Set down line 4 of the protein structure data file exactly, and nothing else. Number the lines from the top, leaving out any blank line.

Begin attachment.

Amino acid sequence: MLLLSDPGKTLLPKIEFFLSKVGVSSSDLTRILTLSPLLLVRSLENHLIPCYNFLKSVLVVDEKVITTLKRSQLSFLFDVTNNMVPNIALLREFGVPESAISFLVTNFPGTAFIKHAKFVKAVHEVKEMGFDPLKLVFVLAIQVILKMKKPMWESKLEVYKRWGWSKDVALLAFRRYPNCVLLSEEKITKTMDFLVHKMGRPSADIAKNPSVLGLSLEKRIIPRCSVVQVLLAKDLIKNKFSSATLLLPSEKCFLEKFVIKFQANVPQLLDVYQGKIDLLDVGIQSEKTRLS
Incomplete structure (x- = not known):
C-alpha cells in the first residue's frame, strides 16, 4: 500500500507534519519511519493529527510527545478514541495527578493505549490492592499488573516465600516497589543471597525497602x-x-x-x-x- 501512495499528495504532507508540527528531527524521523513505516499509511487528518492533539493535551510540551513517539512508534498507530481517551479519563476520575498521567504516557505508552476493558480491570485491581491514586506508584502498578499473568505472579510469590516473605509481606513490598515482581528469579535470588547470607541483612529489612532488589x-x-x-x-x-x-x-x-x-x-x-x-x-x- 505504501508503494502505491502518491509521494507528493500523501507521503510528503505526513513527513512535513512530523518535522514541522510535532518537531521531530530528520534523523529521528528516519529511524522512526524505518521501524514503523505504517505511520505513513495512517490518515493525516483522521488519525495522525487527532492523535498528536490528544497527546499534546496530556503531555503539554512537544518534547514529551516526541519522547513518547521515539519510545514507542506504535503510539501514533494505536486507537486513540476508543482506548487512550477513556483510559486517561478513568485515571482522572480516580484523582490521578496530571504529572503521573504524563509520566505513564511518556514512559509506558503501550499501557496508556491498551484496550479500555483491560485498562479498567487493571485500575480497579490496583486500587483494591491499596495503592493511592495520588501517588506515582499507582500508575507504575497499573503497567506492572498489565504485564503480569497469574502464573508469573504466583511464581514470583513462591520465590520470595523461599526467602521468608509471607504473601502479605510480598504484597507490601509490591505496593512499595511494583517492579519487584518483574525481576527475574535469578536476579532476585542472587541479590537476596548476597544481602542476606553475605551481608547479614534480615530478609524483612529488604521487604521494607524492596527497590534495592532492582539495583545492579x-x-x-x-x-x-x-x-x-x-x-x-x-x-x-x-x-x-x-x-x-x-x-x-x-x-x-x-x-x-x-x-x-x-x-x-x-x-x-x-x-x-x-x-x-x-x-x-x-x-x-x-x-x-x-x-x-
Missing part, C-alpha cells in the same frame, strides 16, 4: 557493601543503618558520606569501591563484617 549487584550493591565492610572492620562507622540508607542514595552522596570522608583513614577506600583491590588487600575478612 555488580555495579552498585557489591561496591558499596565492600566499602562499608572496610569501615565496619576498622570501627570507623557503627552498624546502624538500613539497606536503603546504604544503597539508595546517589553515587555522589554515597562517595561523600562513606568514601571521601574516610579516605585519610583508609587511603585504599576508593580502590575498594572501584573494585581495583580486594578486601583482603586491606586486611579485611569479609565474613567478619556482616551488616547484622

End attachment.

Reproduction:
Missing part, C-alpha cells in the same frame, strides 16, 4: 557493601543503618558520606569501591563484617 549487584550493591565492610572492620562507622540508607542514595552522596570522608583513614577506600583491590588487600575478612 555488580555495579552498585557489591561496591558499596565492600566499602562499608572496610569501615565496619576498622570501627570507623557503627552498624546502624538500613539497606536503603546504604544503597539508595546517589553515587555522589554515597562517595561523600562513606568514601571521601574516610579516605585519610583508609587511603585504599576508593580502590575498594572501584573494585581495583580486594578486601583482603586491606586486611579485611569479609565474613567478619556482616551488616547484622